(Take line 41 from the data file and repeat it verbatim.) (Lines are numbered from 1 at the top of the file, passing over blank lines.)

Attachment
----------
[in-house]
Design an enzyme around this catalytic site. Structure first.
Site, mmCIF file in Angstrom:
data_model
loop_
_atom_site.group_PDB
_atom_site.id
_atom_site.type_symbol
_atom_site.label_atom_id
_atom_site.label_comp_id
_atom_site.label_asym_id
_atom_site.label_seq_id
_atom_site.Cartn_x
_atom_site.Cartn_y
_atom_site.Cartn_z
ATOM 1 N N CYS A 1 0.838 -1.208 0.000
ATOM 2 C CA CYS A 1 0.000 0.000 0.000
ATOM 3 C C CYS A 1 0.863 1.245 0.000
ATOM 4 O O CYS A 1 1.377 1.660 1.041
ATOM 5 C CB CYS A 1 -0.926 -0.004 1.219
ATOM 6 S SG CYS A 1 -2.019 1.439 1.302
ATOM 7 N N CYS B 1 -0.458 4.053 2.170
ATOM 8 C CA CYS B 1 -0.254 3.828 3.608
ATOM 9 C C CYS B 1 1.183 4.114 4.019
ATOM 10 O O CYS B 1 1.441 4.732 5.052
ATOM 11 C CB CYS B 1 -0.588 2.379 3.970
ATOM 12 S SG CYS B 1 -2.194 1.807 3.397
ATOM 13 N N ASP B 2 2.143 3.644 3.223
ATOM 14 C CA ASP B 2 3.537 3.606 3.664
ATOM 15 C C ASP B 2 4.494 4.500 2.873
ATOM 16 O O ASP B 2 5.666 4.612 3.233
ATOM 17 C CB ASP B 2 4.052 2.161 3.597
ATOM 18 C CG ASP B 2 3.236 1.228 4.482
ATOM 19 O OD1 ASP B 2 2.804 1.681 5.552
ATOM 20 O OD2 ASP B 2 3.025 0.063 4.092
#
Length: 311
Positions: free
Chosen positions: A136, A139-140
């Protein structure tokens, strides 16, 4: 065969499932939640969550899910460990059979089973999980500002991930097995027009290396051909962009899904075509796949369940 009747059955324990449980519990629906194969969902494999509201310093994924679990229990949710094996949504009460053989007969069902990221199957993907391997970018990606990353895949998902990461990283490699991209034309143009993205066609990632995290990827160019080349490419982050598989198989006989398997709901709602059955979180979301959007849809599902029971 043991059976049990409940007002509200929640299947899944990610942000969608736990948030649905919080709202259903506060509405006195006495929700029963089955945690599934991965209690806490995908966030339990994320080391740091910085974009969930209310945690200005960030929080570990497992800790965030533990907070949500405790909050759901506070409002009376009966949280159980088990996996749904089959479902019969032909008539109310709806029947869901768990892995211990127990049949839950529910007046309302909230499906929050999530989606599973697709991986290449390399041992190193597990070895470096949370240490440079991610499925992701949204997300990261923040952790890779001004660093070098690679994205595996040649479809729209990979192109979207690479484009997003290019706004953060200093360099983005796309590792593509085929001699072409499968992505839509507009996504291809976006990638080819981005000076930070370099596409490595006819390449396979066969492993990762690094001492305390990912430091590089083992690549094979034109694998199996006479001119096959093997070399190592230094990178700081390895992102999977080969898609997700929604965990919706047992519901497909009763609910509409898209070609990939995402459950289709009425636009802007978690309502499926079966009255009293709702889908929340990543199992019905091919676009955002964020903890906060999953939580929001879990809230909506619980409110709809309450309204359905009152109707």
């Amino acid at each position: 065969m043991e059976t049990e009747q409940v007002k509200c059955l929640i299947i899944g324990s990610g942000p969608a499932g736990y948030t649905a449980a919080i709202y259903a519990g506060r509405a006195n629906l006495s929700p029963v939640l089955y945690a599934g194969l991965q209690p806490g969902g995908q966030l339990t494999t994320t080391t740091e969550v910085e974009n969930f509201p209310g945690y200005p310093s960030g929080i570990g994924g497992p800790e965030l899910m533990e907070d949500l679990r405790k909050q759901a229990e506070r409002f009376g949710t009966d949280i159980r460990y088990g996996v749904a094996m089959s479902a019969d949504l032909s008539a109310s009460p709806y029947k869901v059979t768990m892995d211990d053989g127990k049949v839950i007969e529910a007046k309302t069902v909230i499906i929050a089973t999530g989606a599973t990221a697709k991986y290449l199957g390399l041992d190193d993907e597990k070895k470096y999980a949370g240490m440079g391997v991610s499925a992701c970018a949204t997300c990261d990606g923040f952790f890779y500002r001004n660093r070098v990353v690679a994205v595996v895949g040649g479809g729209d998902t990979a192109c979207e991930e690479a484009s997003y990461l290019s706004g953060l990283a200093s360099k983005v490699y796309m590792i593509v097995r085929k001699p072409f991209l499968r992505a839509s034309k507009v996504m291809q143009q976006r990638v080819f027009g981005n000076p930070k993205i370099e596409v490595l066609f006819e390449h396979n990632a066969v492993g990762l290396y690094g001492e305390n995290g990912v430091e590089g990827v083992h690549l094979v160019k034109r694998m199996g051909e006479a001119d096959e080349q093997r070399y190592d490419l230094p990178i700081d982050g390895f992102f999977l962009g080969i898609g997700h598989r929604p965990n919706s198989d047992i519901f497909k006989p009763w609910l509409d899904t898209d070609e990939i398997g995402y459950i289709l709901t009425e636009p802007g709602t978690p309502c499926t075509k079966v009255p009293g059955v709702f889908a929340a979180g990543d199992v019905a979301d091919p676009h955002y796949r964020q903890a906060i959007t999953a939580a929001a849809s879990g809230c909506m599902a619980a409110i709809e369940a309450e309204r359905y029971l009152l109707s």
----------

């Amino acid at each position: 065969m043991e059976t049990e009747q409940v007002k509200c059955l929640i299947i899944g324990s990610g942000p969608a499932g736990y948030t649905a449980a919080i709202y259903a519990g506060r509405a006195n629906l006495s929700p029963v939640l089955y945690a599934g194969l991965q209690p806490g969902g995908q966030l339990t494999t994320t080391t740091e969550v910085e974009n969930f509201p209310g945690y200005p310093s960030g929080i570990g994924g497992p800790e965030l899910m533990e907070d949500l679990r405790k909050q759901a229990e506070r409002f009376g949710t009966d949280i159980r460990y088990g996996v749904a094996m089959s479902a019969d949504l032909s008539a109310s009460p709806y029947k869901v059979t768990m892995d211990d053989g127990k049949v839950i007969e529910a007046k309302t069902v909230i499906i929050a089973t999530g989606a599973t990221a697709k991986y290449l199957g390399l041992d190193d993907e597990k070895k470096y999980a949370g240490m440079g391997v991610s499925a992701c970018a949204t997300c990261d990606g923040f952790f890779y500002r001004n660093r070098v990353v690679a994205v595996v895949g040649g479809g729209d998902t990979a192109c979207e991930e690479a484009s997003y990461l290019s706004g953060l990283a200093s360099k983005v490699y796309m590792i593509v097995r085929k001699p072409f991209l499968r992505a839509s034309k507009v996504m291809q143009q976006r990638v080819f027009g981005n000076p930070k993205i370099e596409v490595l066609f006819e390449h396979n990632a066969v492993g990762l290396y690094g001492e305390n995290g990912v430091e590089g990827v083992h690549l094979v160019k034109r694998m199996g051909e006479a001119d096959e080349q093997r070399y190592d490419l230094p990178i700081d982050g390895f992102f999977l962009g080969i898609g997700h598989r929604p965990n919706s198989d047992i519901f497909k006989p009763w609910l509409d899904t898209d070609e990939i398997g995402y459950i289709l709901t009425e636009p802007g709602t978690p309502c499926t075509k079966v009255p009293g059955v709702f889908a929340a979180g990543d199992v019905a979301d091919p676009h955002y796949r964020q903890a906060i959007t999953a939580a929001a849809s879990g809230c909506m599902a619980a409110i709809e369940a309450e309204r359905y029971l009152l109707s």